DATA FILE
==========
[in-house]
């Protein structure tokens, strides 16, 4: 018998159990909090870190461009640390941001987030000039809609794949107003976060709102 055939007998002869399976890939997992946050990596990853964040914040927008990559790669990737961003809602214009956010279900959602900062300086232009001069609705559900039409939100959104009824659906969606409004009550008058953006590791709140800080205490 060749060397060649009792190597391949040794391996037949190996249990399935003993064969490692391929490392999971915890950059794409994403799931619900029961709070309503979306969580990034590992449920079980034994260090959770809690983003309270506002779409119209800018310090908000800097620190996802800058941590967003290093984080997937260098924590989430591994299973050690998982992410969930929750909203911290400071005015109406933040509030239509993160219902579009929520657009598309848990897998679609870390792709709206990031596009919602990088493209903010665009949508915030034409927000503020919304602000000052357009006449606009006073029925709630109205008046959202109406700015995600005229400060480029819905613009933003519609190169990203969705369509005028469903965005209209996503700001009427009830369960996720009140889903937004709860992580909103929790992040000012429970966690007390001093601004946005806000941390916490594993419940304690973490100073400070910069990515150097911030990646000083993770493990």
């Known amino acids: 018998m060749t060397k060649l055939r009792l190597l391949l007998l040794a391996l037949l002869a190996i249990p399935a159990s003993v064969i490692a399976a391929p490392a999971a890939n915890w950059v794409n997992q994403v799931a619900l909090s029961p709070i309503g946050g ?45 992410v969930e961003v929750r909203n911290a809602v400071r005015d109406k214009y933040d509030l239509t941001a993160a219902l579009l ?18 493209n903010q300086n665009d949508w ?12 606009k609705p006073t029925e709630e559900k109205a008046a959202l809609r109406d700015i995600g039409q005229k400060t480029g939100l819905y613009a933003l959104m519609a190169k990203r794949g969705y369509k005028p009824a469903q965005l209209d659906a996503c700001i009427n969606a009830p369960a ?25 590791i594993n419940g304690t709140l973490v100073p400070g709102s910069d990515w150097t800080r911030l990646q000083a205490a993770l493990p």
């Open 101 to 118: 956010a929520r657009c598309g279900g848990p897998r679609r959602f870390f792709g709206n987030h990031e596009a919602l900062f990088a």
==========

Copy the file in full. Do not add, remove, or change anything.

[in-house]
């Protein structure tokens, strides 16, 4: 018998159990909090870190461009640390941001987030000039809609794949107003976060709102 055939007998002869399976890939997992946050990596990853964040914040927008990559790669990737961003809602214009956010279900959602900062300086232009001069609705559900039409939100959104009824659906969606409004009550008058953006590791709140800080205490 060749060397060649009792190597391949040794391996037949190996249990399935003993064969490692391929490392999971915890950059794409994403799931619900029961709070309503979306969580990034590992449920079980034994260090959770809690983003309270506002779409119209800018310090908000800097620190996802800058941590967003290093984080997937260098924590989430591994299973050690998982992410969930929750909203911290400071005015109406933040509030239509993160219902579009929520657009598309848990897998679609870390792709709206990031596009919602990088493209903010665009949508915030034409927000503020919304602000000052357009006449606009006073029925709630109205008046959202109406700015995600005229400060480029819905613009933003519609190169990203969705369509005028469903965005209209996503700001009427009830369960996720009140889903937004709860992580909103929790992040000012429970966690007390001093601004946005806000941390916490594993419940304690973490100073400070910069990515150097911030990646000083993770493990």
């Known amino acids: 018998m060749t060397k060649l055939r009792l190597l391949l007998l040794a391996l037949l002869a190996i249990p399935a159990s003993v064969i490692a399976a391929p490392a999971a890939n915890w950059v794409n997992q994403v799931a619900l909090s029961p709070i309503g946050g ?45 992410v969930e961003v929750r909203n911290a809602v400071r005015d109406k214009y933040d509030l239509t941001a993160a219902l579009l ?18 493209n903010q300086n665009d949508w ?12 606009k609705p006073t029925e709630e559900k109205a008046a959202l809609r109406d700015i995600g039409q005229k400060t480029g939100l819905y613009a933003l959104m519609a190169k990203r794949g969705y369509k005028p009824a469903q965005l209209d659906a996503c700001i009427n969606a009830p369960a ?25 590791i594993n419940g304690t709140l973490v100073p400070g709102s910069d990515w150097t800080r911030l990646q000083a205490a993770l493990p």
């Open 101 to 118: 956010a929520r657009c598309g279900g848990p897998r679609r959602f870390f792709g709206n987030h990031e596009a919602l900062f990088a």